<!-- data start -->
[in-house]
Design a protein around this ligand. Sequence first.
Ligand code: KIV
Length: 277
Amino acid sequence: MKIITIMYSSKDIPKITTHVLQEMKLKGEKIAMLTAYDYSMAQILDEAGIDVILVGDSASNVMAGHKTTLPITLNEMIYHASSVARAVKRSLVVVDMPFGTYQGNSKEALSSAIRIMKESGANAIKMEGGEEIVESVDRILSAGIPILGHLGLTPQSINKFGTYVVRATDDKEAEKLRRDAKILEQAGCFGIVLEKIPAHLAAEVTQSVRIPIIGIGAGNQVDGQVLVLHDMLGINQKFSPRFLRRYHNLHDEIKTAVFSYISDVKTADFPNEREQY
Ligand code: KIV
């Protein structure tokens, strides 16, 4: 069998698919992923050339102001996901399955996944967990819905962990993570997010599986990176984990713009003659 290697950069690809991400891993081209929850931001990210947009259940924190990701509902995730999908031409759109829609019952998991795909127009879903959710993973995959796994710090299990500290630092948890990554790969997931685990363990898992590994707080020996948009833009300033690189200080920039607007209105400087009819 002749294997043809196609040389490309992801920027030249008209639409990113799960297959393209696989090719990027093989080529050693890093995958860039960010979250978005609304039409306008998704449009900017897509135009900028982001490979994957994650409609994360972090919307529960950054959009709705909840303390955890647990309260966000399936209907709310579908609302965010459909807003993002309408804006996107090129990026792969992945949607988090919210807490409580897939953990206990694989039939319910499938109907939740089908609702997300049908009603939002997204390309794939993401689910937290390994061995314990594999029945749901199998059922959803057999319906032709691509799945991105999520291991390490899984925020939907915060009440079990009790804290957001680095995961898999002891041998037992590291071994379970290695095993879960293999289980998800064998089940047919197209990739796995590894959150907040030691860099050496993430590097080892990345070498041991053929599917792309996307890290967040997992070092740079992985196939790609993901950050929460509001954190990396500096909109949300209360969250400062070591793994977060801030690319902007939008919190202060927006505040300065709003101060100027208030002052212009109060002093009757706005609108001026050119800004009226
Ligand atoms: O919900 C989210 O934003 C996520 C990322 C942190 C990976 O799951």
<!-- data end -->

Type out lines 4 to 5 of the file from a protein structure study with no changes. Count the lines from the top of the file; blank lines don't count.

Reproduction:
Length: 277
Amino acid sequence: MKIITIMYSSKDIPKITTHVLQEMKLKGEKIAMLTAYDYSMAQILDEAGIDVILVGDSASNVMAGHKTTLPITLNEMIYHASSVARAVKRSLVVVDMPFGTYQGNSKEALSSAIRIMKESGANAIKMEGGEEIVESVDRILSAGIPILGHLGLTPQSINKFGTYVVRATDDKEAEKLRRDAKILEQAGCFGIVLEKIPAHLAAEVTQSVRIPIIGIGAGNQVDGQVLVLHDMLGINQKFSPRFLRRYHNLHDEIKTAVFSYISDVKTADFPNEREQY